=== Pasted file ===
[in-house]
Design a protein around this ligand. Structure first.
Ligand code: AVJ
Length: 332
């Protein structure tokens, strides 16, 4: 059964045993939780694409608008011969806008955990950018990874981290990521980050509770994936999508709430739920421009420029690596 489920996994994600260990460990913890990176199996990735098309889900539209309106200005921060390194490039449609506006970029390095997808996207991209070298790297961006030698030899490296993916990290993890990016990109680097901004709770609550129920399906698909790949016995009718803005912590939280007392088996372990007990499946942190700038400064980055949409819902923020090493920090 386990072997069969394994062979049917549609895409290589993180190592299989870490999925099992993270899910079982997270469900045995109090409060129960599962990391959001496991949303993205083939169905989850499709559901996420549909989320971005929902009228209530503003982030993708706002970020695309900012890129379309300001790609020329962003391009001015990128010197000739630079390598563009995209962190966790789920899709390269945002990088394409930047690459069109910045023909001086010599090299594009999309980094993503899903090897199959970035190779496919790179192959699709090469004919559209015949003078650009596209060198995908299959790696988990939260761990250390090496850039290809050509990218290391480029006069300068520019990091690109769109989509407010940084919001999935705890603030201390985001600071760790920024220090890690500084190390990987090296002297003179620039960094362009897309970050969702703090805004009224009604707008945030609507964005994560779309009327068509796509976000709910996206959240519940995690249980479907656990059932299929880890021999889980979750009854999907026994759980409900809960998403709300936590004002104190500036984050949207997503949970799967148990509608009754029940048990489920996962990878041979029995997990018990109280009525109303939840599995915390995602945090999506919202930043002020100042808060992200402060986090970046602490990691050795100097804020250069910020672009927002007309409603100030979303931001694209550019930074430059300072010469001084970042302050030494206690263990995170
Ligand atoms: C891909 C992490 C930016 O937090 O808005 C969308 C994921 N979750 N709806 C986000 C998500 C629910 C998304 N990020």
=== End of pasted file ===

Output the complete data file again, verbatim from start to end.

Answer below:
[in-house]
Design a protein around this ligand. Structure first.
Ligand code: AVJ
Length: 332
């Protein structure tokens, strides 16, 4: 059964045993939780694409608008011969806008955990950018990874981290990521980050509770994936999508709430739920421009420029690596 489920996994994600260990460990913890990176199996990735098309889900539209309106200005921060390194490039449609506006970029390095997808996207991209070298790297961006030698030899490296993916990290993890990016990109680097901004709770609550129920399906698909790949016995009718803005912590939280007392088996372990007990499946942190700038400064980055949409819902923020090493920090 386990072997069969394994062979049917549609895409290589993180190592299989870490999925099992993270899910079982997270469900045995109090409060129960599962990391959001496991949303993205083939169905989850499709559901996420549909989320971005929902009228209530503003982030993708706002970020695309900012890129379309300001790609020329962003391009001015990128010197000739630079390598563009995209962190966790789920899709390269945002990088394409930047690459069109910045023909001086010599090299594009999309980094993503899903090897199959970035190779496919790179192959699709090469004919559209015949003078650009596209060198995908299959790696988990939260761990250390090496850039290809050509990218290391480029006069300068520019990091690109769109989509407010940084919001999935705890603030201390985001600071760790920024220090890690500084190390990987090296002297003179620039960094362009897309970050969702703090805004009224009604707008945030609507964005994560779309009327068509796509976000709910996206959240519940995690249980479907656990059932299929880890021999889980979750009854999907026994759980409900809960998403709300936590004002104190500036984050949207997503949970799967148990509608009754029940048990489920996962990878041979029995997990018990109280009525109303939840599995915390995602945090999506919202930043002020100042808060992200402060986090970046602490990691050795100097804020250069910020672009927002007309409603100030979303931001694209550019930074430059300072010469001084970042302050030494206690263990995170
Ligand atoms: C891909 C992490 C930016 O937090 O808005 C969308 C994921 N979750 N709806 C986000 C998500 C629910 C998304 N990020």